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When chest pain occurs, dial, don’t drive

February 20, 2023 

Eau Claire and Chippewa Falls, Wis.  –  The American Heart Association reports more than 356,000 out-of-hospital cardiac arrests each year in the U.S., with nearly 90% of them being fatal. With timely, crucial emergency medical treatment, many heart attack deaths may be prevented.

On average, Americans wait two hours or more before seeking medical attention for heart attack symptoms, and far too many heart attack patients drive themselves or have a family member drive them to the hospital.

During American Heart Month, HSHS Sacred Heart and St. Joseph’s hospitals are working to educate communities about the importance of not delaying medical care, especially if someone is experiencing heart attack or stroke symptoms.

“Sometimes people think it will be easier to just drive themselves to the hospital when they’re experiencing heart attack symptoms – often because they don’t know for sure it really is a heart attack – but it’s far more beneficial to call 911 first,” says HSHS Sacred Heart and St. Joseph’s hospitals’ Trauma Coordinator, Tyler Bowe. “Emergency personnel will get to you faster and safer than driving yourself.” 

Bowe says getting treatment as quickly as possible may mean the difference between irreversible heart damage or a treatable condition, possibly even life or death. “Dialing 911 without delay means treatment begins the moment emergency responders arrive.”

Minutes matter with a heart attack, which happens when blood flow to a section of heart muscle is abruptly blocked. If blood flow isn't rapidly restored, the affected muscle begins to die. Acting quickly can prevent or limit damage to the muscle—and save your life. 

By calling 911 first responders can: 

  • Assess your situation immediately. 
  • Instantly forward your vitals and EKG information to the hospital.  
  • Administer treatment in the ambulance. 
  • Ensure the hospital emergency and heart team will be waiting and ready for your arrival.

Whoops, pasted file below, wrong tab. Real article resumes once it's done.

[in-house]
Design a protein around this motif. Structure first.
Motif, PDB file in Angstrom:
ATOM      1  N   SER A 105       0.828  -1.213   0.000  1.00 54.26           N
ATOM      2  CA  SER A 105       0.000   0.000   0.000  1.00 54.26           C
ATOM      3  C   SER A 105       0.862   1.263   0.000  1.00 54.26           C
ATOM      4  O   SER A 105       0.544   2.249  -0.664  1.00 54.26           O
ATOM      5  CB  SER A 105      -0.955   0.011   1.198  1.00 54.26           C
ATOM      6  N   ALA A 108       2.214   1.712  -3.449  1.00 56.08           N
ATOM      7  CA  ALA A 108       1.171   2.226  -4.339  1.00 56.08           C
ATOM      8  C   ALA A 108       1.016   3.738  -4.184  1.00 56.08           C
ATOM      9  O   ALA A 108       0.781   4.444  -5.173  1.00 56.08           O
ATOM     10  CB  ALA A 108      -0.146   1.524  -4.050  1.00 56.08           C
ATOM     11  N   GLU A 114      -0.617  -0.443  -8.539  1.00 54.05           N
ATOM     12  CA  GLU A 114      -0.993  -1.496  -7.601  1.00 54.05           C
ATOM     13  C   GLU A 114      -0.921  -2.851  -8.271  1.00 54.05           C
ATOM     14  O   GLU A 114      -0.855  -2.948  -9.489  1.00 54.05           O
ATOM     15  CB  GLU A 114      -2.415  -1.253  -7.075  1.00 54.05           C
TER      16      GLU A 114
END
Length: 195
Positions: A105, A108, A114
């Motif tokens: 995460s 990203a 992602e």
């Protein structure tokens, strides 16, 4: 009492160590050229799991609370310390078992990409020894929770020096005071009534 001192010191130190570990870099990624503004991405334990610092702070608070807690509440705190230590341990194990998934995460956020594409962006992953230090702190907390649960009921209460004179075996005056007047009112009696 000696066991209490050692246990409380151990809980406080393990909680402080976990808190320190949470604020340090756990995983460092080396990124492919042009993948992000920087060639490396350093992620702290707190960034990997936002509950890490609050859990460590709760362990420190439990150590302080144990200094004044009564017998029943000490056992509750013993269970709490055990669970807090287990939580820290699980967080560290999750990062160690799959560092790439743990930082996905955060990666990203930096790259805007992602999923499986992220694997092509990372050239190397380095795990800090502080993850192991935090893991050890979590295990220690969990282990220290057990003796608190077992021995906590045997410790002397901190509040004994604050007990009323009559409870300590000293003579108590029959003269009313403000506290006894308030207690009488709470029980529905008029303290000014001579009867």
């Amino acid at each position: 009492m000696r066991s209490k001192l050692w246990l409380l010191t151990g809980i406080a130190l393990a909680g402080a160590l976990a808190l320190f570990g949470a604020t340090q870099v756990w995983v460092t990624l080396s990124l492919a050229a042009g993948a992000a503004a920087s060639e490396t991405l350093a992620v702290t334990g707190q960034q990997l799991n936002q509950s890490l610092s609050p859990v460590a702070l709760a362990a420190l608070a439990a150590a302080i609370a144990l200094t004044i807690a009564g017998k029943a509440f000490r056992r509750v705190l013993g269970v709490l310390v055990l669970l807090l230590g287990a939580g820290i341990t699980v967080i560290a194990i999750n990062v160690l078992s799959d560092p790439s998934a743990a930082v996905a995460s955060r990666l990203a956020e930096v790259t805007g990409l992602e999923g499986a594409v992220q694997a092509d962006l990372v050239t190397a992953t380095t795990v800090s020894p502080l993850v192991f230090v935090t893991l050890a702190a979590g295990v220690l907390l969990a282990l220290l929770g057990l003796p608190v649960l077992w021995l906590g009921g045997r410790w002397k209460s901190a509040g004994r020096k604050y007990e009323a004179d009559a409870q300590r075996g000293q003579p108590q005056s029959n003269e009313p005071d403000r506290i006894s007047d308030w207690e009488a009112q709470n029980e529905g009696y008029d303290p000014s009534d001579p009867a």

• Effectively reduce the time from heart attack symptom to treatment. 

  Every heart attack is different, but common symptoms include: 

  • Pressure in the chest or arms. It can feel like an uncomfortable pressure, fullness, pain or squeezing. 
  • Other upper body discomfort. It can affect one or both arms, the back, neck, jaw, shoulder or stomach. 
  • Shortness of breath. This may occur on its own or with chest discomfort. 
  • Breaking out in a cold sweat or feeling nauseated or light-headed.  

If you or someone you know experiences symptoms, call 911 immediately.

“We would prefer that you come in with emergency responders and get evaluated to ensure you receive the quickest care possible,” says Bowe. “If it turns out not to be a heart attack, we can provide reassurance and diagnosis.”

Emergency departments at HSHS Sacred Heart Hospital in Eau Claire, 900 W. Clairemont Ave. and HSHS St. Joseph’s Hospital in Chippewa Falls, 2661 Co. Hwy I, are open 24/7 to provide personalized, expert care when you need it.

To learn more about the warning signs of a heart attack, visit the American Heart Association website.


About HSHS Sacred Heart Hospital
HSHS Sacred Heart Hospital is sponsored by Hospital Sisters Ministries, the Hospital Sisters of St. Francis is the Founding Institute, and it is an affiliate of Hospital Sisters Health System. Since 1889, it has been meeting patient needs in western Wisconsin with the latest medical innovations and technology, together with a Franciscan whole-person healing tradition.

About HSHS St. Joseph’s Hospital
HSHS St. Joseph’s Hospital is sponsored by Hospital Sisters Ministries, the Hospital Sisters of St. Francis is the Founding Institute, and it is an affiliate of Hospital Sisters Health System. Since 1885, it has served the people of the Chippewa Falls area with health care that is high tech and high touch. Known locally for the quality of the care it provides patients, the hospital has been recognized nationally for its outstanding patient satisfaction levels. 

About Hospital Sisters Health System
Hospital Sisters Health System’s (HSHS) mission is to reveal and embody Christ’s healing love for all people through our high quality, Franciscan health care ministry. HSHS provides state-of-the-art health care to our patients and is dedicated to serving all people, especially the most vulnerable, at each of our physician practices and 15 local hospitals in two states - Illinois (Breese, Decatur, Effingham, Greenville, Highland, Litchfield, O’Fallon, Shelbyville and Springfield) and Wisconsin (Chippewa Falls, Eau Claire, Oconto Falls, Sheboygan, and two in Green Bay). HSHS is sponsored by Hospital Sisters Ministries,  and Hospital Sisters of St. Francis is the founding institute. For more information about HSHS, visit For more information about Hospital Sisters of St. Francis, visit

When chest pain occurs, dial, don’t drive
Media Contact

Karen Kraus

Communications Department HSHS Wisconsin